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North Carolina Seasonal Sensation – Pumpkin Recipes

Fall is finally here! And that means it’s time to snuggle up with warm, comforting foods as good for the body as they are for the soul. Here in North Carolina,  pumpkins are grown more than any other veggie in the month of October. And as a dietitian, I couldn’t be more excited.

Pumpkins are loaded with vitamins and minerals that boost the immune system, promote healthy vision and eye function and reduce the risk of some cancers and heart disease. Both the pumpkin’s flesh and its seeds are rich in alpha-carotene, beta-carotene, fiber, potassium, zinc and vitamin A. So eat those pumpkins, but be wary of the delectable treats the pumpkin is deliciously know for.

Usually found in pie, cake, bread, muffins and cookies, pumpkin can quickly go from a healthy choice to one that piles on those unwanted pounds. But don’t worry; there are tons of pumpkin dishes ready for the making and as healthy as they are delicious. Let’s start with savory wild rice and pumpkin cakes and hearty pumpkin soup.

In honor of this month’s seasonal sensation, here are deliciously healthy pumpkin recipes straight from WakeMed’s Heart Smart Cooking Series and the chefs at the WakeMed Raleigh Campus cafeteria, Cafe 3000.

Wild Rice and Pumpkin Cakes
From WakeMed’s Heart Smart Cooking Series
Serves 6

1 cup wild rice blend, cooked and cooled
1/3 cup dried cranberries
1/3 cup dried apricots, diced small
1/3 cup carrots, diced small
½ cup toasted pecans, chopped
¼ cup part-skim milk mozzarella, shredded
1 cup pumpkin puree
olive oil or cooking spray
Mesclun greens

Cook rice according to the directions on package. Fold in cranberries, apricots and carrots for the last 10 minutes of the cooking time. (You just want to cook the carrots and plump up the cranberries and apricots.) Gently fold in pecans, cheese and pumpkin. Divide rice into 10 balls, flatten each into a cake, and place on an oiled, foil-lined baking sheet. Bake 10 minutes at 35, or just to heat through, serve over a handful of mesclun greens.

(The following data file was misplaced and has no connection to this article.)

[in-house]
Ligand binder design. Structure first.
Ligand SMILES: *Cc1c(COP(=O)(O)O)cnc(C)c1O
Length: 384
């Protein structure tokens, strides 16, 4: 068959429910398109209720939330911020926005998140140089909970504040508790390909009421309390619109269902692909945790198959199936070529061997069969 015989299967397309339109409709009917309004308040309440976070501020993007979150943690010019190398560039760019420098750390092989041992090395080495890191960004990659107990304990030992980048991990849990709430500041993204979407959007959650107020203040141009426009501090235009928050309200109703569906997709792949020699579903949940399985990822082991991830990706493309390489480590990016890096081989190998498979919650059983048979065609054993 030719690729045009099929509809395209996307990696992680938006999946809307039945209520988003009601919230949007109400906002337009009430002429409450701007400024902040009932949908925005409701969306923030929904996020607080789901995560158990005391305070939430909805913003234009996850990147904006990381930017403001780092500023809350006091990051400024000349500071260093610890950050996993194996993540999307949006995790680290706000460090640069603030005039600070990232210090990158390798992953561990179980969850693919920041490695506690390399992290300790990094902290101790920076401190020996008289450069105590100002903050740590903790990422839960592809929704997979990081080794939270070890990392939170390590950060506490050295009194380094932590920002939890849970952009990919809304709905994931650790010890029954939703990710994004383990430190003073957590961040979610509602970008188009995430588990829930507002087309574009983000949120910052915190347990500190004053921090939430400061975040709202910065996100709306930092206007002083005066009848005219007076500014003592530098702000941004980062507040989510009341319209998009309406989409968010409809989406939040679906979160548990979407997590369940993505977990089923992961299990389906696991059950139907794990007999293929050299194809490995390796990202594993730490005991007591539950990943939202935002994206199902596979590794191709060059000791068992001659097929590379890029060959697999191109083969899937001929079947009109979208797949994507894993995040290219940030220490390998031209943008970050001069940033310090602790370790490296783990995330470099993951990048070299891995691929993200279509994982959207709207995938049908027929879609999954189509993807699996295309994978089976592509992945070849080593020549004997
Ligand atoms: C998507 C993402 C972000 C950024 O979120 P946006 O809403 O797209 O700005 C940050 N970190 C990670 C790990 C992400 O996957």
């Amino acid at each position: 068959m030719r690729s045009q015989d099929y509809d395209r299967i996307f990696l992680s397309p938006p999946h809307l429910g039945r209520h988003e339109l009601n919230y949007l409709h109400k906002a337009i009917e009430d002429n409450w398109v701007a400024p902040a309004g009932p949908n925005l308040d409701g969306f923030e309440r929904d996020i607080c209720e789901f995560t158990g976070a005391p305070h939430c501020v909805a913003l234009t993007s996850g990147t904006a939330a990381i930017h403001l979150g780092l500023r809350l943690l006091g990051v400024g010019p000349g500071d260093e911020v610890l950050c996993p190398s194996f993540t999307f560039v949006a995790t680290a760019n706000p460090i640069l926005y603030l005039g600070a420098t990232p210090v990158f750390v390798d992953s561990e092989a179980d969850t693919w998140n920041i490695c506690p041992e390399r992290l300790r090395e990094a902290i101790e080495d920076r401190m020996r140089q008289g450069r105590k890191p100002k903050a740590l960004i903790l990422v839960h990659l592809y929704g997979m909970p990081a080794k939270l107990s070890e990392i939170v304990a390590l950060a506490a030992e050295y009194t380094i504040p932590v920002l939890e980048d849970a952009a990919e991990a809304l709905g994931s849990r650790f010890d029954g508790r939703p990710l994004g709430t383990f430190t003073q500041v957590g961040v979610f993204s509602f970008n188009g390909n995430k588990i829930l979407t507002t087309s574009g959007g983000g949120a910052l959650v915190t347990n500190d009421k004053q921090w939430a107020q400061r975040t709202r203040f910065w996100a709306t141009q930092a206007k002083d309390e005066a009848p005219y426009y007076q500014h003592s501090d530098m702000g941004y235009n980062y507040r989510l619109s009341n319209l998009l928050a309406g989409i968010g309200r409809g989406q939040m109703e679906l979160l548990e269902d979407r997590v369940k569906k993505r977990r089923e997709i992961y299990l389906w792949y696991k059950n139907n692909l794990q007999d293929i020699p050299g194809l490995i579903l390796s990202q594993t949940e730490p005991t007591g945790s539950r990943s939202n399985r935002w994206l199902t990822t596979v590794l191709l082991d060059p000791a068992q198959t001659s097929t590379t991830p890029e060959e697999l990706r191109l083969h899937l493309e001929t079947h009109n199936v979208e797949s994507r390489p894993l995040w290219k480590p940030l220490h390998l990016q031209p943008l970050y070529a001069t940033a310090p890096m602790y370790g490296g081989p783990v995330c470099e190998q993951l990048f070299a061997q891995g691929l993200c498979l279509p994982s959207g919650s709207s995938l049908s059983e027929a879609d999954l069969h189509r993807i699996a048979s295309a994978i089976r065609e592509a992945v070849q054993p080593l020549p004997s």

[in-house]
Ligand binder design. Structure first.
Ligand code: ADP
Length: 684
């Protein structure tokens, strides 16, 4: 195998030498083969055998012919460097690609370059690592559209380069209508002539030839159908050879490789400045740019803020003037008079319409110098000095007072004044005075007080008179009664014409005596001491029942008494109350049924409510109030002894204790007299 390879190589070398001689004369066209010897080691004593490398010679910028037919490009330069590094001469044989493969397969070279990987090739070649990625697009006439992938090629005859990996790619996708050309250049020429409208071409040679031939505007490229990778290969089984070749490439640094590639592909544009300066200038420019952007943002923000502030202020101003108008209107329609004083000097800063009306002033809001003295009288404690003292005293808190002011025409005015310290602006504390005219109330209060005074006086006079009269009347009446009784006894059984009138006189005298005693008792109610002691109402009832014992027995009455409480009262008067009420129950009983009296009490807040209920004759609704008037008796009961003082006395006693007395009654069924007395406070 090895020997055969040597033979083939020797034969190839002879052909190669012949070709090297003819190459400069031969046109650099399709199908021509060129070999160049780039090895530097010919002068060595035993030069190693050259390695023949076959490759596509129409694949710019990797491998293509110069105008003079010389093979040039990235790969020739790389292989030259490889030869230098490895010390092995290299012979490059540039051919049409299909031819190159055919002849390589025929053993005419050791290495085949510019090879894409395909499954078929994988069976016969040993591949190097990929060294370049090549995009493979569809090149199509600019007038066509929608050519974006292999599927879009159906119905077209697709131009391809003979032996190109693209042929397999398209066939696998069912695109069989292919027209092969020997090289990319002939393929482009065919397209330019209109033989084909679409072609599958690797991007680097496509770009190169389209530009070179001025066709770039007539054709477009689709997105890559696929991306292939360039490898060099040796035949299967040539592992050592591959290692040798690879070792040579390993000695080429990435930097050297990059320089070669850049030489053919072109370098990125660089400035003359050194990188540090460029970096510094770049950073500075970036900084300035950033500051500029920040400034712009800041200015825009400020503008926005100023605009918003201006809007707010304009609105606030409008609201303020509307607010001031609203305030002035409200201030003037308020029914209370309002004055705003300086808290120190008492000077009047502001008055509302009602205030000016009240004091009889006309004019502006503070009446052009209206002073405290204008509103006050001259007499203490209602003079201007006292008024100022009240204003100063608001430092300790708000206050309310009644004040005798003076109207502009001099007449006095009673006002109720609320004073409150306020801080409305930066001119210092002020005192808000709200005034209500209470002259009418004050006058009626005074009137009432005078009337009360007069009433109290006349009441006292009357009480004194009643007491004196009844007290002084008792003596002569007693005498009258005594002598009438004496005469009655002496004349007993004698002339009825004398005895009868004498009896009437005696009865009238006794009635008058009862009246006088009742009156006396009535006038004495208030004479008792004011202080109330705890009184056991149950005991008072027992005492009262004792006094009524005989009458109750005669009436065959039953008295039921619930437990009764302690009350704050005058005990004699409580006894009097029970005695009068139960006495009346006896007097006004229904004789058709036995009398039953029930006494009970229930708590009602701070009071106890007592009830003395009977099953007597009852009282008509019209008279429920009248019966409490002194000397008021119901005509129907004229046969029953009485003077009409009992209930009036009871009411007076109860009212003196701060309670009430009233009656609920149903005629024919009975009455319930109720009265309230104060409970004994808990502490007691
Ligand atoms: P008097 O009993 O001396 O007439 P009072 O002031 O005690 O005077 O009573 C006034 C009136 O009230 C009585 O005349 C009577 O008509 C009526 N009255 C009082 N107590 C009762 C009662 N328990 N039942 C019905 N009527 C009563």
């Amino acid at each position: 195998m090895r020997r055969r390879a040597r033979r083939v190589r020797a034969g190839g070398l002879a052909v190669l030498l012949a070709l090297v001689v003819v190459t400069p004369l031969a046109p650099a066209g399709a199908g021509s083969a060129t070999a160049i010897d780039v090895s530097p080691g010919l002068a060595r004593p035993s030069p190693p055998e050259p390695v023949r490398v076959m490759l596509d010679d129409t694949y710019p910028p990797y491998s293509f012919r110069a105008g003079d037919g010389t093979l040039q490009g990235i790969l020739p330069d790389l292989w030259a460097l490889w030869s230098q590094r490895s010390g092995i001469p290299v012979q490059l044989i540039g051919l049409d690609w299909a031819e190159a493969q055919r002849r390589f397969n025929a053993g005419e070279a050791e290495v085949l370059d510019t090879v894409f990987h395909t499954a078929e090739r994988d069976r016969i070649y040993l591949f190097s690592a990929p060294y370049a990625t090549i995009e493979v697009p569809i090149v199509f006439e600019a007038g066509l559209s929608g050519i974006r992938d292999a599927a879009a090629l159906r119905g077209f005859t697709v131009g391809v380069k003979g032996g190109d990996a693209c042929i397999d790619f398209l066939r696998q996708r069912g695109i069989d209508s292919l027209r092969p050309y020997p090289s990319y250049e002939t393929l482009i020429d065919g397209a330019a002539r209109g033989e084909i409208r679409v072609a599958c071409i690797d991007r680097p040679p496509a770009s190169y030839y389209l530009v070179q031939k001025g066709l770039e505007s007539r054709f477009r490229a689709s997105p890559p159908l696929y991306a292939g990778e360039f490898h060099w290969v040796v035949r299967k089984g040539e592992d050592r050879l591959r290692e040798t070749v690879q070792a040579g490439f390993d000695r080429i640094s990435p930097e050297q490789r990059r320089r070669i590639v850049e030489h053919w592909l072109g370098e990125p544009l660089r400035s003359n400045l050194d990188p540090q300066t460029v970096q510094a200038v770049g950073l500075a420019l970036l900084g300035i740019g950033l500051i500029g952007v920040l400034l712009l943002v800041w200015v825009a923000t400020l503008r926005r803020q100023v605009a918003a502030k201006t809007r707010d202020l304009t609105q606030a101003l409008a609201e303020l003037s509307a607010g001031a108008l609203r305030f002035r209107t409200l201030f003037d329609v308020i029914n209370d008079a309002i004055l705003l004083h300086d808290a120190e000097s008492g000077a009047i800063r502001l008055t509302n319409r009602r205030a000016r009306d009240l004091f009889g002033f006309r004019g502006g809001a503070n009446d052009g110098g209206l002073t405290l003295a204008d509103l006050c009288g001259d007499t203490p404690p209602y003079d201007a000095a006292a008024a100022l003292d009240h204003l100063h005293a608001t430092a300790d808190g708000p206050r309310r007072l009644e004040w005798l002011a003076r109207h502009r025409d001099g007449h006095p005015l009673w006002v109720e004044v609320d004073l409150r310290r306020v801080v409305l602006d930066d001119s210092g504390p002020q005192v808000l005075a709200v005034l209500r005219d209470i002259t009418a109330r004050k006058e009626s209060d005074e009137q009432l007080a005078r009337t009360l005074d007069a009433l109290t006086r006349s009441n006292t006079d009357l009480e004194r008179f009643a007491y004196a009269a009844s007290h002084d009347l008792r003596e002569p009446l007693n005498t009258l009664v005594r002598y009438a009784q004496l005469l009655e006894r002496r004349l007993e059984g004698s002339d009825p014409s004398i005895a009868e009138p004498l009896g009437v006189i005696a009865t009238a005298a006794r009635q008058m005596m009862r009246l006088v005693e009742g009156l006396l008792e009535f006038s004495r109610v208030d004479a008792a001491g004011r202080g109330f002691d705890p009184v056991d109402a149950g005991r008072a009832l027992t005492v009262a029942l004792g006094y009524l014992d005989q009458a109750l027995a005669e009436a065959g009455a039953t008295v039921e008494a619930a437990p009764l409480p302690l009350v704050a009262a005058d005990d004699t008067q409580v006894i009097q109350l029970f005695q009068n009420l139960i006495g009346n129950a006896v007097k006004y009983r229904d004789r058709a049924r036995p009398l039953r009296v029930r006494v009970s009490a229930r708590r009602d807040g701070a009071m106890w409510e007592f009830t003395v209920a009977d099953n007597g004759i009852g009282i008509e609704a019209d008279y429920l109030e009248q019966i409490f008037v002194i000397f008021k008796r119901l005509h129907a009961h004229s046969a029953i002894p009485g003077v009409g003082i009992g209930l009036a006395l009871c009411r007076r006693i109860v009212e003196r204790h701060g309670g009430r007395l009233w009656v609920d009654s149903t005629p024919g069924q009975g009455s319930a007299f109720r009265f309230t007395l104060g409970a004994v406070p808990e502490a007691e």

Per serving (one patty): 200 calories; 8 g fat; 27 g carbohydrates; 79 mg sodium; 3 g fiber

Pumpkin Soup
From Jennifer Lagrand and Chris Zebney, WakeMed’s Café 3000 Chefs, WakeMed Food & Nutrition Services
Serves 8, 1 cup per serving
3 lbs pumpkin, peeled and cubed
4 shallots, minced
1 tbsp garlic, minced
2 tbsp fresh ginger, minced
2 stems fresh thyme leaves
2 tbsp olive oil
1 1/2 cups apple cider
1 1/2 cups vegetable broth
1 large bunch fresh sage leaves
1/2 tsp salt
1/2 tsp pepper
2 to 3 tbsp unsalted butter

Preheat your oven to 375°F. Cut the pumpkin in half and scrape out the seeds. Using a knife or fork, poke several holes through the pumpkin’s skin. Drizzle olive oil over the flesh of the pumpkin and season very lightly with salt and cracked pepper. Lay the pumpkin on a baking sheet with the flesh facing down. Roast until the pumpkin is soft and a fork passes through smoothly – about 30 minutes. Remove from oven and set aside.

In a large pot or Dutch oven over medium-high heat, add the olive oil and shallots. Let the shallots sweat for 5 minutes, stirring until they start to caramelize. Add the ginger and garlic and sauté for another 2 minutes, being careful not to burn the ginger.
Scrape the pumpkin away from the skin and add it to the pot. Add the stock, cider and thyme. Bring the ingredients to a simmer, then cover and cook until the pumpkin is very tender.

Let the the pumpkin cool for several minutes then, working in batches scoop the mixture into a blender or food processor, being very careful not to overflow the container. Once you transfer the mixture to the blender, allow it to cool a few additional minutes, then puree until smooth. Transfer pureed pumpkin soup into another pot and keep warm on the stove. Garnish with roasted pumpkin seeds, cracked pepper and a few shavings of Romano parmigiano cheese.
Per serving: 148 calories; 6.5 g fat; 330 mg sodium; 23 g carbohydrate; 1.7 g protein

This post is part of the NC’s No Diet Diet series.  View previous posts here: February Sweet Potato, March Lettuce, April Strawberries, May Broccoli and Cabbage, June Peaches, July Vegetables, August Watermelon, September Muscadine Grapes

Tina Schwebach is a clinical dietitian at WakeMed Cary Hospital.